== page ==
Equal Rights – Equal Responsibilities

Climate change

Warsaw conference on climate change

By on 27 February 2014

The International Alliance of Women (IAW) took part in the United Nations Framework Convention on Climate Change (UNFCCC) nineteenth Conference of Parties (COP 19) from Monday, November 11th through Saturday, November 23rd 2013 in Warsaw, Poland.

In the words of UNFCCC Executive Secretary Christiana Figueres: “Women quite literally rocked COP 19.” Last year’s Doha COP 18 historic “miracle” decision on gender (23/CP.18) was just the beginning; COP 19 gave women’s groups more reasons to celebrate with a first ever in-session workshop on gender, climate change, and the UNFCCC. Gender equality language was incorporated across the Warsaw COP 19 Outcomes. The Subsidiary Body for Implementation (SBI) agreed to consider ways to strengthen gender balance, gender-sensitive climate policy and the effective participation of women in the work of bodies under the Convention and its Kyoto Protocol. Gender is on the agenda and the work will continue this year at COP 20 in Lima: proposals from parties include actions on capacity building, future workshops, establishing a work programme, and monitoring of gender balance, gender budgeting, and gender-sensitive climate policies.

It is not new that the climate in the UNFCCC negotiations halls is tense: the stakes are very high and the divide between developing and developed countries seems impossible to mend under the conditions of urgency and pressure. However at COP 19 in Warsaw, tensions reached new heights with delegates going on a hunger strike, walking out from the conference, and towards the end intensely working overnight in midnight negotiations sessions.

With the catastrophic super typhoon Haiyan (category 5), strongest storm to ever make landfall, ravaging Philippines at the start of COP 19, Climate Change Commissioner of Philippines Naderev Saño with tears in his eyes pleaded for a meaningful outcome in Warsaw. Joined by 200 supporters, Naderev Saño went on a hunger strike for the two weeks of the conference. At the closing of COP 19 Philippines dire statement was: “Every time we attend this conference, I am beginning to feel like that we are negotiating on who is to live and who is to die.”

At the COP 19, progress was essential to advance the new, universal climate change agreement to be adopted during COP 21 in Paris in 2015. However, resolve for climate change action now and ambition for reduction of emissions were challenging in Warsaw. The final language adopted was: ” To invite all Parties to initiate or intensify domestic preparations for their intended nationally determined contributions, without prejudice to the legal nature of the contributions.” The framework for measuring, reporting and verifying mitigation efforts is fully operational now, which represents progress towards accountability and a foundation for the new agreement.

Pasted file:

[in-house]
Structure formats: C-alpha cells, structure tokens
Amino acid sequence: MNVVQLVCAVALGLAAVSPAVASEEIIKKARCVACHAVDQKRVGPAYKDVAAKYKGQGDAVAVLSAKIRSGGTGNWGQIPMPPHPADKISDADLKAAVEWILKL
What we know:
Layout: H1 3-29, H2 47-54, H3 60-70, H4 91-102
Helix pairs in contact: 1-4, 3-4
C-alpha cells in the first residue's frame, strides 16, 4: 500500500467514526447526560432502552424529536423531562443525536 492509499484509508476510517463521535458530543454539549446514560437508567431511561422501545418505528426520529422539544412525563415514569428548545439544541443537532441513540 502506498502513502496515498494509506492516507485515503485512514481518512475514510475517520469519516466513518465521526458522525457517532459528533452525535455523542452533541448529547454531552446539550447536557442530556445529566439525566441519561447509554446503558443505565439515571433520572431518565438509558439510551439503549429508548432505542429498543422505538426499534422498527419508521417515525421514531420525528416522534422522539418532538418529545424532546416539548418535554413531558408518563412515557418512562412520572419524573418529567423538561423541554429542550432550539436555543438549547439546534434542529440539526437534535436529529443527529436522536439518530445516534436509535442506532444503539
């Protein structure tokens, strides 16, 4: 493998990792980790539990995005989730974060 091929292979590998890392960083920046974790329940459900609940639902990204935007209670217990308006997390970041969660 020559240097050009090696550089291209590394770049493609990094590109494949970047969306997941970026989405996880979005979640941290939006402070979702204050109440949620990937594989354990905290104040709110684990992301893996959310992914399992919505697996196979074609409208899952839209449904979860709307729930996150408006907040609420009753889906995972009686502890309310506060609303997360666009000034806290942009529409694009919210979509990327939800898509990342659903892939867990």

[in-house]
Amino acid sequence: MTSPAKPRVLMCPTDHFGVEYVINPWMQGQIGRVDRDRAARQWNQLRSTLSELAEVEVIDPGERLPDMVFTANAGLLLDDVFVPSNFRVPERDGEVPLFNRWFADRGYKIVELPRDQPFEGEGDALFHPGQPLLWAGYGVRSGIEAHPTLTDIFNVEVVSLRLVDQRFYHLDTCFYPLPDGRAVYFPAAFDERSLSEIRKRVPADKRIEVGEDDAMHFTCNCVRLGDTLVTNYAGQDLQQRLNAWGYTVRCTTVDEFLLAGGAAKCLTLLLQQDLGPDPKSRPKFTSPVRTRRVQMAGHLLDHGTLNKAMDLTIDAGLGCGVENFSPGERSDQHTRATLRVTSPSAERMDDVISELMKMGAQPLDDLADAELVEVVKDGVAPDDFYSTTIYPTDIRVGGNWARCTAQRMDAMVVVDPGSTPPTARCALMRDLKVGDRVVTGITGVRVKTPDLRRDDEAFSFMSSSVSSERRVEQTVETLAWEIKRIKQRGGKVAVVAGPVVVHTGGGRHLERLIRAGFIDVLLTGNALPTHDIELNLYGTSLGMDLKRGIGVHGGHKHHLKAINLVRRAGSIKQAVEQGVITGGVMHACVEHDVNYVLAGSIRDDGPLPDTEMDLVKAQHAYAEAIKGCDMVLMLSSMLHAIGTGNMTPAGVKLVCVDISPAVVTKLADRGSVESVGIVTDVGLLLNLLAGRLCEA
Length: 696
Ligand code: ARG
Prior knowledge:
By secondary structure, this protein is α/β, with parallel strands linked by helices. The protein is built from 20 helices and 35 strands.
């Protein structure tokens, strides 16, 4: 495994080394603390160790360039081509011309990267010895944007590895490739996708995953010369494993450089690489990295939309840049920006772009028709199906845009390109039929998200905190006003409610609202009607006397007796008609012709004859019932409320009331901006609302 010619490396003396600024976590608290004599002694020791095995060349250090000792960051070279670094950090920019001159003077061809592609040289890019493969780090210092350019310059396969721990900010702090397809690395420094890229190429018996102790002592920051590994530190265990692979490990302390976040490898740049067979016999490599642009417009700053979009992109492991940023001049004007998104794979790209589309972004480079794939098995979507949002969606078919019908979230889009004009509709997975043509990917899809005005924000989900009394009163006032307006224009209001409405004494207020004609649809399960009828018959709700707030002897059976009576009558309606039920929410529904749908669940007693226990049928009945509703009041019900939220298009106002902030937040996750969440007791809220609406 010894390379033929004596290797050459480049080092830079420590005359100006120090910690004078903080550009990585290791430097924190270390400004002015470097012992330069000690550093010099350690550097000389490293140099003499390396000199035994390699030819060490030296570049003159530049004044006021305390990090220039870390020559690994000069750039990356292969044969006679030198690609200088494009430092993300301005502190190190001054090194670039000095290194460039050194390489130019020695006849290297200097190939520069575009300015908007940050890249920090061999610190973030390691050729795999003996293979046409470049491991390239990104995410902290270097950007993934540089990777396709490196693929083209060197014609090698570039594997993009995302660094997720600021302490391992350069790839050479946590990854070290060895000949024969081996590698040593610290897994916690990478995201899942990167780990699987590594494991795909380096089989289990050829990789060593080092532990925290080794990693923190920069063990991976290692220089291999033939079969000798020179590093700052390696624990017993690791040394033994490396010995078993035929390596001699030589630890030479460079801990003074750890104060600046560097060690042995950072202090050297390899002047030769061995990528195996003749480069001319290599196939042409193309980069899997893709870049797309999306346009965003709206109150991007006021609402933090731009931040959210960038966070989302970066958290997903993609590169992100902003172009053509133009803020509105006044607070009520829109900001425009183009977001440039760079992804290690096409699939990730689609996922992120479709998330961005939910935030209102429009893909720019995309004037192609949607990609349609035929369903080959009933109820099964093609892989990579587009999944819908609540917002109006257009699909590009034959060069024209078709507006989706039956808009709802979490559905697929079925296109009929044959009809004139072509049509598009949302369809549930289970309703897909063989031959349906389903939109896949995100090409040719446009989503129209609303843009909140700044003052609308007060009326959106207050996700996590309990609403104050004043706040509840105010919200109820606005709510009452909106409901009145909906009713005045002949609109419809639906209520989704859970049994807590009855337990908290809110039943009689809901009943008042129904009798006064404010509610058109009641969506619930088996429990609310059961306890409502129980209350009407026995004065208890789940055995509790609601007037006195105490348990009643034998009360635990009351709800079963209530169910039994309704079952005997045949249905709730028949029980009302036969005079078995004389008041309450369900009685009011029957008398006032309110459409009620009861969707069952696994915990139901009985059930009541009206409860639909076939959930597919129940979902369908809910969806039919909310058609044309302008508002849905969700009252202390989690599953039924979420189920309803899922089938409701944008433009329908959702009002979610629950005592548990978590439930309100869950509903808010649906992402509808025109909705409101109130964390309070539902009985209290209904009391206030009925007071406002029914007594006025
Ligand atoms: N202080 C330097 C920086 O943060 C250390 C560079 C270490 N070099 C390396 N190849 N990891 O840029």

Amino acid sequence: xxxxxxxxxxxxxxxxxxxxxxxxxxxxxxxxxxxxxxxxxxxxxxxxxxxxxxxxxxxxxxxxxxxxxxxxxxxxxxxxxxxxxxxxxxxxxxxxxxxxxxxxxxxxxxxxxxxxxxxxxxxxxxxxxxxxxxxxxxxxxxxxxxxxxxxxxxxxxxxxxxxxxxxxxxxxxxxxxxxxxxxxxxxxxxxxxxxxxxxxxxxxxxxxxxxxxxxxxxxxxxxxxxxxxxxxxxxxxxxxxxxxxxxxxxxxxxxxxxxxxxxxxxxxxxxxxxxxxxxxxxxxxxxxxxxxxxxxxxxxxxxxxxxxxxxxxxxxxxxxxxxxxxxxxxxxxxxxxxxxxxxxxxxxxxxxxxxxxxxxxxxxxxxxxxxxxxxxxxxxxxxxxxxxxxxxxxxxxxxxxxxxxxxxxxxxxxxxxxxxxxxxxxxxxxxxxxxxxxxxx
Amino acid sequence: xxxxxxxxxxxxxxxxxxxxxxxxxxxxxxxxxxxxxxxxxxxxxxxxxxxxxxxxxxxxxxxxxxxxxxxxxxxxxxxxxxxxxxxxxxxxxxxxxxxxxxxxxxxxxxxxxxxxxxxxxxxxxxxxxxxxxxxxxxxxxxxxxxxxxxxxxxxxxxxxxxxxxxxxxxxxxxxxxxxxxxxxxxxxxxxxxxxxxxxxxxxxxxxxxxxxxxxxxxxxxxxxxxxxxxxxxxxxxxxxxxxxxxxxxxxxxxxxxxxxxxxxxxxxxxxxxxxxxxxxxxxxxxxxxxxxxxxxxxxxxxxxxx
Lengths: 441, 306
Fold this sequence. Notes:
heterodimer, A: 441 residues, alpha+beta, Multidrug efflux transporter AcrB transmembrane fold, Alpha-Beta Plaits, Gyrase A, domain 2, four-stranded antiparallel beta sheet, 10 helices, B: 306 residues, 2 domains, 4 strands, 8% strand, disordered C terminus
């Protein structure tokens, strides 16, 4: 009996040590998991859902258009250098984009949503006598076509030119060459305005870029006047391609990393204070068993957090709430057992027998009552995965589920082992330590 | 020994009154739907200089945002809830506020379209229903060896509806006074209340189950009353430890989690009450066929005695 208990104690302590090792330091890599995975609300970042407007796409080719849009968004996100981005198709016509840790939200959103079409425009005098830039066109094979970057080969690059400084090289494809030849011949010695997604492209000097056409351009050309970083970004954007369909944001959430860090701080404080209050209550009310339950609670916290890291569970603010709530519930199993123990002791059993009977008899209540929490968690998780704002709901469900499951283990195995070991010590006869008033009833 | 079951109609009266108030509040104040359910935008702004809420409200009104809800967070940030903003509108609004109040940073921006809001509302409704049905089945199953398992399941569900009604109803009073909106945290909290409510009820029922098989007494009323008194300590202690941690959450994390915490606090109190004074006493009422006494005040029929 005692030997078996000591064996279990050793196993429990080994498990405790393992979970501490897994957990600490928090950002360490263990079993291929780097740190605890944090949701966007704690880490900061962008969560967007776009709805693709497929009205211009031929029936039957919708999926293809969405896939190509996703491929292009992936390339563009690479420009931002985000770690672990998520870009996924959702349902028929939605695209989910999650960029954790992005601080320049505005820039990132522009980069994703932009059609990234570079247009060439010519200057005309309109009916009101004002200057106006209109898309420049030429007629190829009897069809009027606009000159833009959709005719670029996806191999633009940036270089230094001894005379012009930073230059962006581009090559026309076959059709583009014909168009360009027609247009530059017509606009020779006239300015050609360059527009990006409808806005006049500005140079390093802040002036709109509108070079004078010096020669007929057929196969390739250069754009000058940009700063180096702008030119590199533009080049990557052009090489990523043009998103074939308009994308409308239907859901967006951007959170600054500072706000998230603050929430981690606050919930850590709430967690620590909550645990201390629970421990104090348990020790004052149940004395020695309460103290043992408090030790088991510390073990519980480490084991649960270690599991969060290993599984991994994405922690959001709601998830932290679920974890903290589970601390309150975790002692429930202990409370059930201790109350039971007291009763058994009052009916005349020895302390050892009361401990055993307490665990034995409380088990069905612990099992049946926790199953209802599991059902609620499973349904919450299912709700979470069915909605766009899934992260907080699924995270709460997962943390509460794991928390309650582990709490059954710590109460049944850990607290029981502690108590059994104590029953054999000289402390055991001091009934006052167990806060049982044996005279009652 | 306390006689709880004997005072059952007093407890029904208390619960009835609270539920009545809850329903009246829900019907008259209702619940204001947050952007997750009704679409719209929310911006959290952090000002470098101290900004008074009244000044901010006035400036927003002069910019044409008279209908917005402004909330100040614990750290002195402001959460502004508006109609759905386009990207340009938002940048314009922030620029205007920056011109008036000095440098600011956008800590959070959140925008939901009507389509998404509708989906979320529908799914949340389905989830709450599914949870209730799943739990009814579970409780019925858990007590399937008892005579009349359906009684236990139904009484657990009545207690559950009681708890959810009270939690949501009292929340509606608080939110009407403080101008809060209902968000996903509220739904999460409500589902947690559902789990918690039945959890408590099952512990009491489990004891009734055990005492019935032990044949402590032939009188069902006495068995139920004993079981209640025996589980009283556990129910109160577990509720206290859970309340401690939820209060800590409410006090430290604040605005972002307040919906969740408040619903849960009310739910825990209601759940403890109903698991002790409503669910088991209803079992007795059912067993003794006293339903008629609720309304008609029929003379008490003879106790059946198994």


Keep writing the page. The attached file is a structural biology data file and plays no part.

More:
Important outcome of COP 19 was the culmination of 7 years of work with the adoption of the Warsaw Framework for REDD+, aimed at reducing emissions form deforestation and forest degradation. The framework establishes means for results-based payments if developing countries can demonstrate the protection of forests, and includes safeguards for gender; backed by initial pledges from United States, Great Britain and Norway totaling USD 280 million.

Another key outcome of COP 19 and one of the most contentious issues was the establishment of the Warsaw International Mechanism for Loss and Damage to address losses and damages associated with long-term climate change impacts in developing countries; established under the Cancun Adaptation Framework, subject to review at COP 22 in 2016.

The Green Climate Fund (GCF) will be ready for capitalization in the second half of 2014 and will begin its initial resource mobilization process than. So far, the GCF includes USD 6.9 million donated by ten countries and a pledge of USD 40 million by the Republic of Korea. The negotiations over financing were contentious and many developing countries were concerned over pledges not materializing to realize developed countries’ commitment to mobilize USD 100 billion annually by 2020 to support developing countries in their climate change actions.

Addressing a meeting in Warsaw, Mary Robinson, former President of Ireland quoted Archbishop Tutu: “I am a prisoner of hope.” It is vital to remain hopeful and positive, because, as one of high level leaders in the negotiations told me: “Sometimes progress is invisible and then the magic happens.” IAW will continue to follow the climate change negotiations on the road to Paris in 2015, as it is crucial to ensure that that human rights and gender equality frameworks are included in the Paris agreement.

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About the Author

About the Author: Natalia Kostus is a member of the IAW board, chair of the IAW Commission on Climate Change and an IAW Representative to the United Nations, New York. .

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